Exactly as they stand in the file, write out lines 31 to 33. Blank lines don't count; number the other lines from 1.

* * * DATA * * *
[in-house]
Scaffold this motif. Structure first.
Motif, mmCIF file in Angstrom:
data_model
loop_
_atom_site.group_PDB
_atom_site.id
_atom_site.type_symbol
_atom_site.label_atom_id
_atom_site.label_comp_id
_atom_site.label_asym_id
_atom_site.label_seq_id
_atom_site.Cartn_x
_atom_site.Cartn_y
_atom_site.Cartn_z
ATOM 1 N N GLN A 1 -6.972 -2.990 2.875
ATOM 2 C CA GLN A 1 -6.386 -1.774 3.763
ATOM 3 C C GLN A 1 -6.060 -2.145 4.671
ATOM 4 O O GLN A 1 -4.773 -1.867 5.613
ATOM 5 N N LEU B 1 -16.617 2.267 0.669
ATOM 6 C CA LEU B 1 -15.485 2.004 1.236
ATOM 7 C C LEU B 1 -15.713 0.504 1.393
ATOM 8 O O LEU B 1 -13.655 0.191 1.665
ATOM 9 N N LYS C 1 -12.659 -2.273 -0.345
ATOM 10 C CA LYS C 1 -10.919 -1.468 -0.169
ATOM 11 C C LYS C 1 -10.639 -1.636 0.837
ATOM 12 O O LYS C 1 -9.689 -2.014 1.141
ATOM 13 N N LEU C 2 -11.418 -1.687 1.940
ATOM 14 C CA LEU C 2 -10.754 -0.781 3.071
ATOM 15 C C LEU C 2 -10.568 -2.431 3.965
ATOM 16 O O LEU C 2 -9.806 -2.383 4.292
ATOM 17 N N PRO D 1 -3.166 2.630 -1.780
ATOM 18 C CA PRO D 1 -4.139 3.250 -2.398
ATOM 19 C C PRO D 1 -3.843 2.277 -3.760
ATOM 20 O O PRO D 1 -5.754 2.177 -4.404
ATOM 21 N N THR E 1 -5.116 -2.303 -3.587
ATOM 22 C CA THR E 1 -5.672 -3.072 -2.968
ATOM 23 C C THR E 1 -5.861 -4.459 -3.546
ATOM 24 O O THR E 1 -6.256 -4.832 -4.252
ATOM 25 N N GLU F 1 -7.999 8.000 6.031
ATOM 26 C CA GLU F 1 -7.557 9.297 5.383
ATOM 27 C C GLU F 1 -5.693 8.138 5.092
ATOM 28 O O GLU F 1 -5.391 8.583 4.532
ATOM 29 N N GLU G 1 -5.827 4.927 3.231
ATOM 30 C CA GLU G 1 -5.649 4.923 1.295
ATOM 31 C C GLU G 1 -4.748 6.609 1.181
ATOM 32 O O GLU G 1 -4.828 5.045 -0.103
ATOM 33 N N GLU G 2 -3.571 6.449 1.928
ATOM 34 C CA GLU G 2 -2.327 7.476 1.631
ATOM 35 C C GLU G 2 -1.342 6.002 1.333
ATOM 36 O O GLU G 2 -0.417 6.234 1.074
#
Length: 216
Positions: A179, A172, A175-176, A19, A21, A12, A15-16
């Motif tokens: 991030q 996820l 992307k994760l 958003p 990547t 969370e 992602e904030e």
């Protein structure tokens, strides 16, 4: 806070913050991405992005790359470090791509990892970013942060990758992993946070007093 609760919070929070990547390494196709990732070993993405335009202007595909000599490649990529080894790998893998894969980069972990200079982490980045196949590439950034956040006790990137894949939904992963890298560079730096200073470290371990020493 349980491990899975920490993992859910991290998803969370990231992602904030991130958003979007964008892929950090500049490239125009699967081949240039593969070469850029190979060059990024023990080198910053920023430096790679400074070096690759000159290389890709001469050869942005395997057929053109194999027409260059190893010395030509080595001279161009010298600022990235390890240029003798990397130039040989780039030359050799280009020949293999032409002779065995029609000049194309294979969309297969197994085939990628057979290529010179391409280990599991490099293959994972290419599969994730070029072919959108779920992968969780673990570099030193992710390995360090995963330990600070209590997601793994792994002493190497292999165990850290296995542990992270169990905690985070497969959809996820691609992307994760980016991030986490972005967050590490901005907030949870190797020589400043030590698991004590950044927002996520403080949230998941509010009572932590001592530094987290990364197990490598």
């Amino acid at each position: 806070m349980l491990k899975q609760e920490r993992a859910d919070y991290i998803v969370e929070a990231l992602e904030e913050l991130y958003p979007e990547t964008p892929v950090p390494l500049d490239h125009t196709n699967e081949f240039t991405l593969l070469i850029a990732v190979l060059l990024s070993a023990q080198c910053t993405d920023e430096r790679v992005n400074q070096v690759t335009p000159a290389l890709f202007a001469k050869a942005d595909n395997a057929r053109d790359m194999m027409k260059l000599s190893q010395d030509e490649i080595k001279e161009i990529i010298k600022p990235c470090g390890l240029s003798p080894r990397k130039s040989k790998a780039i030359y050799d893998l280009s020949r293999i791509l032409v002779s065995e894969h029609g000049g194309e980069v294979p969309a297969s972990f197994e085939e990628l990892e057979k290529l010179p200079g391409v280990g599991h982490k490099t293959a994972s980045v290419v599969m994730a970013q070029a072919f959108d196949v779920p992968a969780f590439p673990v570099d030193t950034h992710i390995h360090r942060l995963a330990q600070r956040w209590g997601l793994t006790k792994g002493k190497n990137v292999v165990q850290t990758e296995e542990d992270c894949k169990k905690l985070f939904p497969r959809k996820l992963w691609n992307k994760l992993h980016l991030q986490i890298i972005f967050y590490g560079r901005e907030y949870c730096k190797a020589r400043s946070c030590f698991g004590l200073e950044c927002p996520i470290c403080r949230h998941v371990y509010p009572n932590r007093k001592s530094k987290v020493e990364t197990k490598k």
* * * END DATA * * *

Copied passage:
ATOM 16 O O LEU C 2 -9.806 -2.383 4.292
ATOM 17 N N PRO D 1 -3.166 2.630 -1.780
ATOM 18 C CA PRO D 1 -4.139 3.250 -2.398